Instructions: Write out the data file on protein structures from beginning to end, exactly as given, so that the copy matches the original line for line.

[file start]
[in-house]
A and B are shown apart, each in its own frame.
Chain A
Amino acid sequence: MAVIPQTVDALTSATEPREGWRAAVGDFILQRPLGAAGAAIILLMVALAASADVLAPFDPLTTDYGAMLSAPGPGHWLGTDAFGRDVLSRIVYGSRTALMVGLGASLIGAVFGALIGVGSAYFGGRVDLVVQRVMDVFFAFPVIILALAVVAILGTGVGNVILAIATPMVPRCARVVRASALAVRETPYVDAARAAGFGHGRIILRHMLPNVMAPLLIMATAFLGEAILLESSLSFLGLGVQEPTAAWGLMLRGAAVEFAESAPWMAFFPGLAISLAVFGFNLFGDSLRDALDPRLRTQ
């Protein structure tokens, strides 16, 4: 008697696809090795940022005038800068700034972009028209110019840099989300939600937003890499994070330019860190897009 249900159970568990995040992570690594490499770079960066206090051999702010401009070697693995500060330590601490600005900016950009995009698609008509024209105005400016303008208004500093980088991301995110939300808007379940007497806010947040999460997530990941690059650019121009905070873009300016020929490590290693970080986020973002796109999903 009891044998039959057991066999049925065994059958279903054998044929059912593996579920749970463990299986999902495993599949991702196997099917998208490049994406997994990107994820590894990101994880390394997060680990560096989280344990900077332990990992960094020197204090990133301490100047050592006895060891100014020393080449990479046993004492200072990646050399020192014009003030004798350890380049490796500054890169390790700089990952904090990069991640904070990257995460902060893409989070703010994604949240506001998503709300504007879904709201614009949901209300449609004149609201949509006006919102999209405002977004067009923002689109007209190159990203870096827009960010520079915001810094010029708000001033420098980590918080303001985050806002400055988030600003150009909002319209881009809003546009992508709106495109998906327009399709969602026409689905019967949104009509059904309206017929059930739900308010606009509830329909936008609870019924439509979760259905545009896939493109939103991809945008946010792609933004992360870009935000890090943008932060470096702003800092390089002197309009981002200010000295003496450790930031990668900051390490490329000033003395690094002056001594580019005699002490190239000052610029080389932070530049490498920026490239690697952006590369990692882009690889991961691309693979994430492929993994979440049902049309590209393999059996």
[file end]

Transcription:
[in-house]
A and B are shown apart, each in its own frame.
Chain A
Amino acid sequence: MAVIPQTVDALTSATEPREGWRAAVGDFILQRPLGAAGAAIILLMVALAASADVLAPFDPLTTDYGAMLSAPGPGHWLGTDAFGRDVLSRIVYGSRTALMVGLGASLIGAVFGALIGVGSAYFGGRVDLVVQRVMDVFFAFPVIILALAVVAILGTGVGNVILAIATPMVPRCARVVRASALAVRETPYVDAARAAGFGHGRIILRHMLPNVMAPLLIMATAFLGEAILLESSLSFLGLGVQEPTAAWGLMLRGAAVEFAESAPWMAFFPGLAISLAVFGFNLFGDSLRDALDPRLRTQ
């Protein structure tokens, strides 16, 4: 008697696809090795940022005038800068700034972009028209110019840099989300939600937003890499994070330019860190897009 249900159970568990995040992570690594490499770079960066206090051999702010401009070697693995500060330590601490600005900016950009995009698609008509024209105005400016303008208004500093980088991301995110939300808007379940007497806010947040999460997530990941690059650019121009905070873009300016020929490590290693970080986020973002796109999903 009891044998039959057991066999049925065994059958279903054998044929059912593996579920749970463990299986999902495993599949991702196997099917998208490049994406997994990107994820590894990101994880390394997060680990560096989280344990900077332990990992960094020197204090990133301490100047050592006895060891100014020393080449990479046993004492200072990646050399020192014009003030004798350890380049490796500054890169390790700089990952904090990069991640904070990257995460902060893409989070703010994604949240506001998503709300504007879904709201614009949901209300449609004149609201949509006006919102999209405002977004067009923002689109007209190159990203870096827009960010520079915001810094010029708000001033420098980590918080303001985050806002400055988030600003150009909002319209881009809003546009992508709106495109998906327009399709969602026409689905019967949104009509059904309206017929059930739900308010606009509830329909936008609870019924439509979760259905545009896939493109939103991809945008946010792609933004992360870009935000890090943008932060470096702003800092390089002197309009981002200010000295003496450790930031990668900051390490490329000033003395690094002056001594580019005699002490190239000052610029080389932070530049490498920026490239690697952006590369990692882009690889991961691309693979994430492929993994979440049902049309590209393999059996």